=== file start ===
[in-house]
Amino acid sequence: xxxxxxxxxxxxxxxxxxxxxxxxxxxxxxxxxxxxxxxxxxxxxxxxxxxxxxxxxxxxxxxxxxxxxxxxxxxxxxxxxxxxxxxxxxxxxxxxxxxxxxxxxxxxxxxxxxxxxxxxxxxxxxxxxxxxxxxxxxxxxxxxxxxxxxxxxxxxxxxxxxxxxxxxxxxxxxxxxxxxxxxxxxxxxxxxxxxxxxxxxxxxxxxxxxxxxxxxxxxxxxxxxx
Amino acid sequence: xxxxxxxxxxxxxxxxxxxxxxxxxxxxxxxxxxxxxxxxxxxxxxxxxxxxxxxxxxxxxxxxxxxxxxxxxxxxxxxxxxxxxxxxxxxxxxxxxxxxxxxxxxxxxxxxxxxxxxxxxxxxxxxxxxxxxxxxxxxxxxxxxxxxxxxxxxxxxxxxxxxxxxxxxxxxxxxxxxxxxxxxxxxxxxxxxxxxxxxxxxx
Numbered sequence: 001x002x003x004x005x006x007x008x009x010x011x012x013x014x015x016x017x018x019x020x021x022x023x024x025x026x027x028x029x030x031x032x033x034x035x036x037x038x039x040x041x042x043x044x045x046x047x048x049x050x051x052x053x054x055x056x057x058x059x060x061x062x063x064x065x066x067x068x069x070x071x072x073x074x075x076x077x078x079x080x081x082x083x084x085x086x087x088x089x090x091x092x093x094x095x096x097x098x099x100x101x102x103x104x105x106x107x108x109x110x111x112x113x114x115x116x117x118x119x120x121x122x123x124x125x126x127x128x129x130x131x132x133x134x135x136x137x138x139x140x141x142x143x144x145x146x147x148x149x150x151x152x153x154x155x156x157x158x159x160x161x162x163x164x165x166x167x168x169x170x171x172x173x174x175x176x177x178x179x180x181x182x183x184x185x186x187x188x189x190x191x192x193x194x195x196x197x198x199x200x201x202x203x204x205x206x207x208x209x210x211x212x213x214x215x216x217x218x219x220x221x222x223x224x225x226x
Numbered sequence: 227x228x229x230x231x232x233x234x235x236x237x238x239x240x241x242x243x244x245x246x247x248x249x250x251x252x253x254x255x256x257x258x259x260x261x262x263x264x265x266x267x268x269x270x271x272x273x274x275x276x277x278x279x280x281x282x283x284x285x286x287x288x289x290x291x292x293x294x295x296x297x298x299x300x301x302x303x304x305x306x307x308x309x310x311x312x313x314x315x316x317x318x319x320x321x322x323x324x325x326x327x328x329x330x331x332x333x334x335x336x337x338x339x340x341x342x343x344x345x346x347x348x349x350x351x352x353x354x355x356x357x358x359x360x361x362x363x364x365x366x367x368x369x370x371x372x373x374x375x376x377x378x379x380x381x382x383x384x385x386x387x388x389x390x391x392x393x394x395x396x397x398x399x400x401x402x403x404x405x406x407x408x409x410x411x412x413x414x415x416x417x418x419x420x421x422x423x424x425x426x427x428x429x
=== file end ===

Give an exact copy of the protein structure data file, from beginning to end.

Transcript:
[in-house]
Amino acid sequence: xxxxxxxxxxxxxxxxxxxxxxxxxxxxxxxxxxxxxxxxxxxxxxxxxxxxxxxxxxxxxxxxxxxxxxxxxxxxxxxxxxxxxxxxxxxxxxxxxxxxxxxxxxxxxxxxxxxxxxxxxxxxxxxxxxxxxxxxxxxxxxxxxxxxxxxxxxxxxxxxxxxxxxxxxxxxxxxxxxxxxxxxxxxxxxxxxxxxxxxxxxxxxxxxxxxxxxxxxxxxxxxxxx
Amino acid sequence: xxxxxxxxxxxxxxxxxxxxxxxxxxxxxxxxxxxxxxxxxxxxxxxxxxxxxxxxxxxxxxxxxxxxxxxxxxxxxxxxxxxxxxxxxxxxxxxxxxxxxxxxxxxxxxxxxxxxxxxxxxxxxxxxxxxxxxxxxxxxxxxxxxxxxxxxxxxxxxxxxxxxxxxxxxxxxxxxxxxxxxxxxxxxxxxxxxxxxxxxxxx
Numbered sequence: 001x002x003x004x005x006x007x008x009x010x011x012x013x014x015x016x017x018x019x020x021x022x023x024x025x026x027x028x029x030x031x032x033x034x035x036x037x038x039x040x041x042x043x044x045x046x047x048x049x050x051x052x053x054x055x056x057x058x059x060x061x062x063x064x065x066x067x068x069x070x071x072x073x074x075x076x077x078x079x080x081x082x083x084x085x086x087x088x089x090x091x092x093x094x095x096x097x098x099x100x101x102x103x104x105x106x107x108x109x110x111x112x113x114x115x116x117x118x119x120x121x122x123x124x125x126x127x128x129x130x131x132x133x134x135x136x137x138x139x140x141x142x143x144x145x146x147x148x149x150x151x152x153x154x155x156x157x158x159x160x161x162x163x164x165x166x167x168x169x170x171x172x173x174x175x176x177x178x179x180x181x182x183x184x185x186x187x188x189x190x191x192x193x194x195x196x197x198x199x200x201x202x203x204x205x206x207x208x209x210x211x212x213x214x215x216x217x218x219x220x221x222x223x224x225x226x
Numbered sequence: 227x228x229x230x231x232x233x234x235x236x237x238x239x240x241x242x243x244x245x246x247x248x249x250x251x252x253x254x255x256x257x258x259x260x261x262x263x264x265x266x267x268x269x270x271x272x273x274x275x276x277x278x279x280x281x282x283x284x285x286x287x288x289x290x291x292x293x294x295x296x297x298x299x300x301x302x303x304x305x306x307x308x309x310x311x312x313x314x315x316x317x318x319x320x321x322x323x324x325x326x327x328x329x330x331x332x333x334x335x336x337x338x339x340x341x342x343x344x345x346x347x348x349x350x351x352x353x354x355x356x357x358x359x360x361x362x363x364x365x366x367x368x369x370x371x372x373x374x375x376x377x378x379x380x381x382x383x384x385x386x387x388x389x390x391x392x393x394x395x396x397x398x399x400x401x402x403x404x405x406x407x408x409x410x411x412x413x414x415x416x417x418x419x420x421x422x423x424x425x426x427x428x429x